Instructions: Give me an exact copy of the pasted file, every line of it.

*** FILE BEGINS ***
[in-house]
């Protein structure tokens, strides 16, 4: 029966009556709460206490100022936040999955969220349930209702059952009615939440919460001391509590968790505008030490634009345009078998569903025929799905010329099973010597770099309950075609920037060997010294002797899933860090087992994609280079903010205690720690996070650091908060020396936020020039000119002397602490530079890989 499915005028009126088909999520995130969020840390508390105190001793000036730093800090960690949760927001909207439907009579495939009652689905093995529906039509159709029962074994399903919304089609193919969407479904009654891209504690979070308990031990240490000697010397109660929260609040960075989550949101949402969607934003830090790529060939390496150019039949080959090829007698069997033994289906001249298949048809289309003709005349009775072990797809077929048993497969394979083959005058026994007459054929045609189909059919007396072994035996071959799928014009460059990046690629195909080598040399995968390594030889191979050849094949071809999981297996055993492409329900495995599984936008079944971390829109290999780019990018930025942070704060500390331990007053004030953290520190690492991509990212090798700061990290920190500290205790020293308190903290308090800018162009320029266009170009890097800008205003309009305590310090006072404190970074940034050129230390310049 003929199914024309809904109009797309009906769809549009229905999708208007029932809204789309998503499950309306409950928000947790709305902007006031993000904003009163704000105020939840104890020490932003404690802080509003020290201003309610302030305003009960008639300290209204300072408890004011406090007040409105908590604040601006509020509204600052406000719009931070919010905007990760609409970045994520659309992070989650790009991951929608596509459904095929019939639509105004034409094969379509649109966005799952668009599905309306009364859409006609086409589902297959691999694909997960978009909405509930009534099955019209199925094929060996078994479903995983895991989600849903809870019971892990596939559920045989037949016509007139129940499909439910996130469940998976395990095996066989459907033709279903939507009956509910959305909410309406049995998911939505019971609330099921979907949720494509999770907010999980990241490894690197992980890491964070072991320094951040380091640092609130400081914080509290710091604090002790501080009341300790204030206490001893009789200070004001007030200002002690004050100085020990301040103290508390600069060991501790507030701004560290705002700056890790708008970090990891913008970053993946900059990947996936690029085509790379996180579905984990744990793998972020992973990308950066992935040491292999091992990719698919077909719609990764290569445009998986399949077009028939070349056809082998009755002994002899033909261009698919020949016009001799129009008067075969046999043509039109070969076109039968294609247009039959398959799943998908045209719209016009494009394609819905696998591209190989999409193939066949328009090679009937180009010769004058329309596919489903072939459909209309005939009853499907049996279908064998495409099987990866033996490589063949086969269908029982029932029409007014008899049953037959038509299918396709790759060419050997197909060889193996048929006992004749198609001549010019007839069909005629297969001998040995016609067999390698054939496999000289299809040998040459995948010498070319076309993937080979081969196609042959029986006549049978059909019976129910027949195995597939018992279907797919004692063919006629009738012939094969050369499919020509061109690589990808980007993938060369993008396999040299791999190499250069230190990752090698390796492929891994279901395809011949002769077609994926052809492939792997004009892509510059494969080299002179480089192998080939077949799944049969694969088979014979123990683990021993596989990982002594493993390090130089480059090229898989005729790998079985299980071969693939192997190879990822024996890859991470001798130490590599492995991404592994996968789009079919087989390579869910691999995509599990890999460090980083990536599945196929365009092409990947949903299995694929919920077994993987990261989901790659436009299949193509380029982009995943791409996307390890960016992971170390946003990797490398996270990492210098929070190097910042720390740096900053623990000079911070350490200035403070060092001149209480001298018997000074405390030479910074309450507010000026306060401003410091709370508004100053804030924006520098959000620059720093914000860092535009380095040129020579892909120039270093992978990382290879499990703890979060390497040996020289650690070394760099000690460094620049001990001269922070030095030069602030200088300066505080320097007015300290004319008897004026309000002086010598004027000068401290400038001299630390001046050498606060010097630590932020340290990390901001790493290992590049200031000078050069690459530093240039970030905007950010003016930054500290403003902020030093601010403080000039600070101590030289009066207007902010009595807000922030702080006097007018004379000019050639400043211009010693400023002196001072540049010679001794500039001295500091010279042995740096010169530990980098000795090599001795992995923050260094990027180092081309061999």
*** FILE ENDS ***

[in-house]
């Protein structure tokens, strides 16, 4: 029966009556709460206490100022936040999955969220349930209702059952009615939440919460001391509590968790505008030490634009345009078998569903025929799905010329099973010597770099309950075609920037060997010294002797899933860090087992994609280079903010205690720690996070650091908060020396936020020039000119002397602490530079890989 499915005028009126088909999520995130969020840390508390105190001793000036730093800090960690949760927001909207439907009579495939009652689905093995529906039509159709029962074994399903919304089609193919969407479904009654891209504690979070308990031990240490000697010397109660929260609040960075989550949101949402969607934003830090790529060939390496150019039949080959090829007698069997033994289906001249298949048809289309003709005349009775072990797809077929048993497969394979083959005058026994007459054929045609189909059919007396072994035996071959799928014009460059990046690629195909080598040399995968390594030889191979050849094949071809999981297996055993492409329900495995599984936008079944971390829109290999780019990018930025942070704060500390331990007053004030953290520190690492991509990212090798700061990290920190500290205790020293308190903290308090800018162009320029266009170009890097800008205003309009305590310090006072404190970074940034050129230390310049 003929199914024309809904109009797309009906769809549009229905999708208007029932809204789309998503499950309306409950928000947790709305902007006031993000904003009163704000105020939840104890020490932003404690802080509003020290201003309610302030305003009960008639300290209204300072408890004011406090007040409105908590604040601006509020509204600052406000719009931070919010905007990760609409970045994520659309992070989650790009991951929608596509459904095929019939639509105004034409094969379509649109966005799952668009599905309306009364859409006609086409589902297959691999694909997960978009909405509930009534099955019209199925094929060996078994479903995983895991989600849903809870019971892990596939559920045989037949016509007139129940499909439910996130469940998976395990095996066989459907033709279903939507009956509910959305909410309406049995998911939505019971609330099921979907949720494509999770907010999980990241490894690197992980890491964070072991320094951040380091640092609130400081914080509290710091604090002790501080009341300790204030206490001893009789200070004001007030200002002690004050100085020990301040103290508390600069060991501790507030701004560290705002700056890790708008970090990891913008970053993946900059990947996936690029085509790379996180579905984990744990793998972020992973990308950066992935040491292999091992990719698919077909719609990764290569445009998986399949077009028939070349056809082998009755002994002899033909261009698919020949016009001799129009008067075969046999043509039109070969076109039968294609247009039959398959799943998908045209719209016009494009394609819905696998591209190989999409193939066949328009090679009937180009010769004058329309596919489903072939459909209309005939009853499907049996279908064998495409099987990866033996490589063949086969269908029982029932029409007014008899049953037959038509299918396709790759060419050997197909060889193996048929006992004749198609001549010019007839069909005629297969001998040995016609067999390698054939496999000289299809040998040459995948010498070319076309993937080979081969196609042959029986006549049978059909019976129910027949195995597939018992279907797919004692063919006629009738012939094969050369499919020509061109690589990808980007993938060369993008396999040299791999190499250069230190990752090698390796492929891994279901395809011949002769077609994926052809492939792997004009892509510059494969080299002179480089192998080939077949799944049969694969088979014979123990683990021993596989990982002594493993390090130089480059090229898989005729790998079985299980071969693939192997190879990822024996890859991470001798130490590599492995991404592994996968789009079919087989390579869910691999995509599990890999460090980083990536599945196929365009092409990947949903299995694929919920077994993987990261989901790659436009299949193509380029982009995943791409996307390890960016992971170390946003990797490398996270990492210098929070190097910042720390740096900053623990000079911070350490200035403070060092001149209480001298018997000074405390030479910074309450507010000026306060401003410091709370508004100053804030924006520098959000620059720093914000860092535009380095040129020579892909120039270093992978990382290879499990703890979060390497040996020289650690070394760099000690460094620049001990001269922070030095030069602030200088300066505080320097007015300290004319008897004026309000002086010598004027000068401290400038001299630390001046050498606060010097630590932020340290990390901001790493290992590049200031000078050069690459530093240039970030905007950010003016930054500290403003902020030093601010403080000039600070101590030289009066207007902010009595807000922030702080006097007018004379000019050639400043211009010693400023002196001072540049010679001794500039001295500091010279042995740096010169530990980098000795090599001795992995923050260094990027180092081309061999």